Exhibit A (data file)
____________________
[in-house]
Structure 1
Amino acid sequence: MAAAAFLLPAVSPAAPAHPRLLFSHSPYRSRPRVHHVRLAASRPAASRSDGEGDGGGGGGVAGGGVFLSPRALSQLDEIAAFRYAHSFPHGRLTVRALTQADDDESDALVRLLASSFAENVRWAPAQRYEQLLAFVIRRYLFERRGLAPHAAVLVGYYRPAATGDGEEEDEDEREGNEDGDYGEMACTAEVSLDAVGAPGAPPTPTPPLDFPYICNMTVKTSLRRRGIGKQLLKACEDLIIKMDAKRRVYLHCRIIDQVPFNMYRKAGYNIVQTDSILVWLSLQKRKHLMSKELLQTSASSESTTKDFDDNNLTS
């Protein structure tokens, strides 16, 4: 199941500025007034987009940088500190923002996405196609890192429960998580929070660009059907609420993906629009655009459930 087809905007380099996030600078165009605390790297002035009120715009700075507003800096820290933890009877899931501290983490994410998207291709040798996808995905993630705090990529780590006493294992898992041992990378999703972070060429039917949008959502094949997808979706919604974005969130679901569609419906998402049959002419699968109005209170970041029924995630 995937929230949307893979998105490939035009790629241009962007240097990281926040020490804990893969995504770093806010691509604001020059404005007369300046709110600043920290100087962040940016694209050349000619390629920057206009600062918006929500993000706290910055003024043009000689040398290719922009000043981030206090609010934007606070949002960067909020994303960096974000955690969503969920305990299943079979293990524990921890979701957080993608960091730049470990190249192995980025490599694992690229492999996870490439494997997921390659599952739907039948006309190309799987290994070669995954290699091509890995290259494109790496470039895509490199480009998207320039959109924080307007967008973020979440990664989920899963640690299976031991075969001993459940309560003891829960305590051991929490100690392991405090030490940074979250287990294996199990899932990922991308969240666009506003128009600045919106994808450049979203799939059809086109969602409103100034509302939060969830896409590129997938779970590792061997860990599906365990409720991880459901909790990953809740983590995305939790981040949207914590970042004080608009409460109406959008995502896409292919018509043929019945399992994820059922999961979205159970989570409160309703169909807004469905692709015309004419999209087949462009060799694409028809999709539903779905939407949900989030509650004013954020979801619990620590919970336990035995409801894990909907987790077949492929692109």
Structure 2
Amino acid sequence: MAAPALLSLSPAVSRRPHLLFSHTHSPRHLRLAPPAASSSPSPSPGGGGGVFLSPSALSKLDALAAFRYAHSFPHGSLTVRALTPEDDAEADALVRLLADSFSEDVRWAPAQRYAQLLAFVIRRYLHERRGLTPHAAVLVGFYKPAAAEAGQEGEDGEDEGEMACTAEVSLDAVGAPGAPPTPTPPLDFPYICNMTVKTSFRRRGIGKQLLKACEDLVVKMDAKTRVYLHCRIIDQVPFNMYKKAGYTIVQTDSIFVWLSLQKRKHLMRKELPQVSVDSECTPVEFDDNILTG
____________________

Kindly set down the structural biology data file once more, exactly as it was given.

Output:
[in-house]
Structure 1
Amino acid sequence: MAAAAFLLPAVSPAAPAHPRLLFSHSPYRSRPRVHHVRLAASRPAASRSDGEGDGGGGGGVAGGGVFLSPRALSQLDEIAAFRYAHSFPHGRLTVRALTQADDDESDALVRLLASSFAENVRWAPAQRYEQLLAFVIRRYLFERRGLAPHAAVLVGYYRPAATGDGEEEDEDEREGNEDGDYGEMACTAEVSLDAVGAPGAPPTPTPPLDFPYICNMTVKTSLRRRGIGKQLLKACEDLIIKMDAKRRVYLHCRIIDQVPFNMYRKAGYNIVQTDSILVWLSLQKRKHLMSKELLQTSASSESTTKDFDDNNLTS
């Protein structure tokens, strides 16, 4: 199941500025007034987009940088500190923002996405196609890192429960998580929070660009059907609420993906629009655009459930 087809905007380099996030600078165009605390790297002035009120715009700075507003800096820290933890009877899931501290983490994410998207291709040798996808995905993630705090990529780590006493294992898992041992990378999703972070060429039917949008959502094949997808979706919604974005969130679901569609419906998402049959002419699968109005209170970041029924995630 995937929230949307893979998105490939035009790629241009962007240097990281926040020490804990893969995504770093806010691509604001020059404005007369300046709110600043920290100087962040940016694209050349000619390629920057206009600062918006929500993000706290910055003024043009000689040398290719922009000043981030206090609010934007606070949002960067909020994303960096974000955690969503969920305990299943079979293990524990921890979701957080993608960091730049470990190249192995980025490599694992690229492999996870490439494997997921390659599952739907039948006309190309799987290994070669995954290699091509890995290259494109790496470039895509490199480009998207320039959109924080307007967008973020979440990664989920899963640690299976031991075969001993459940309560003891829960305590051991929490100690392991405090030490940074979250287990294996199990899932990922991308969240666009506003128009600045919106994808450049979203799939059809086109969602409103100034509302939060969830896409590129997938779970590792061997860990599906365990409720991880459901909790990953809740983590995305939790981040949207914590970042004080608009409460109406959008995502896409292919018509043929019945399992994820059922999961979205159970989570409160309703169909807004469905692709015309004419999209087949462009060799694409028809999709539903779905939407949900989030509650004013954020979801619990620590919970336990035995409801894990909907987790077949492929692109």
Structure 2
Amino acid sequence: MAAPALLSLSPAVSRRPHLLFSHTHSPRHLRLAPPAASSSPSPSPGGGGGVFLSPSALSKLDALAAFRYAHSFPHGSLTVRALTPEDDAEADALVRLLADSFSEDVRWAPAQRYAQLLAFVIRRYLHERRGLTPHAAVLVGFYKPAAAEAGQEGEDGEDEGEMACTAEVSLDAVGAPGAPPTPTPPLDFPYICNMTVKTSFRRRGIGKQLLKACEDLVVKMDAKTRVYLHCRIIDQVPFNMYKKAGYTIVQTDSIFVWLSLQKRKHLMRKELPQVSVDSECTPVEFDDNILTG